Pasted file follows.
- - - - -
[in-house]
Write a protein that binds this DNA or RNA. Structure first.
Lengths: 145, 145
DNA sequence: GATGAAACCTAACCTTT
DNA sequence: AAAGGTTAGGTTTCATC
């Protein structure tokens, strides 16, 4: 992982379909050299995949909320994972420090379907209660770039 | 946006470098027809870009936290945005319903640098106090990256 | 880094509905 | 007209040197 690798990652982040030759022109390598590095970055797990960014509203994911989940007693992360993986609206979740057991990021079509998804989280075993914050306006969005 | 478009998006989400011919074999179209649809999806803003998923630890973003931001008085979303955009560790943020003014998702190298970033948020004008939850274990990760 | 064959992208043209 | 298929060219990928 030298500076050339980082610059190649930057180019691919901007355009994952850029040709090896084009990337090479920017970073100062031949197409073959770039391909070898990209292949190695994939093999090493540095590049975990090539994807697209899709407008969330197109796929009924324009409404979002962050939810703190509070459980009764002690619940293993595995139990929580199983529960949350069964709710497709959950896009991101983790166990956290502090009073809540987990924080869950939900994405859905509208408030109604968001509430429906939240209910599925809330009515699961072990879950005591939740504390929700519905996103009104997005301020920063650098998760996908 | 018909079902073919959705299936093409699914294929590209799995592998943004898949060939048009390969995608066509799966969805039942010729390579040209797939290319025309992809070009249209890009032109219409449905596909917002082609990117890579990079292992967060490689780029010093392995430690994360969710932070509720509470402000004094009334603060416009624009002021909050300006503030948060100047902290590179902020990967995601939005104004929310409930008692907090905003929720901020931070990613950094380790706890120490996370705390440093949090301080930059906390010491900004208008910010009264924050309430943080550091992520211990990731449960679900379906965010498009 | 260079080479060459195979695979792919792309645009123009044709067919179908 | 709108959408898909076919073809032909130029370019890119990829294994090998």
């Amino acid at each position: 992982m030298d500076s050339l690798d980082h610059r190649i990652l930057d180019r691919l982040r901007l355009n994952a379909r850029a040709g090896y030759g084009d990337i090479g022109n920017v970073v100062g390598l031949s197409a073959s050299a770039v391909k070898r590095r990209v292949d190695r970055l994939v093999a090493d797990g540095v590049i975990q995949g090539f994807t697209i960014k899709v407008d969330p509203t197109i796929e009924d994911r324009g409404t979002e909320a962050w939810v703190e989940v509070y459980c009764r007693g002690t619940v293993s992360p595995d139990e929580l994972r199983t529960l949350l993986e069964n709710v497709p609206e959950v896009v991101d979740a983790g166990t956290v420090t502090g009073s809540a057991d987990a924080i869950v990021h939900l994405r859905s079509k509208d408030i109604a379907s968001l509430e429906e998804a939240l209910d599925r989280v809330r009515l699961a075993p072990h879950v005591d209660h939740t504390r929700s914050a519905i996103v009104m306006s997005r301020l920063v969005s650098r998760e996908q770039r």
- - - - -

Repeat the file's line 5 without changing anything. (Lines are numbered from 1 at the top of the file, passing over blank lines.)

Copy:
DNA sequence: AAAGGTTAGGTTTCATC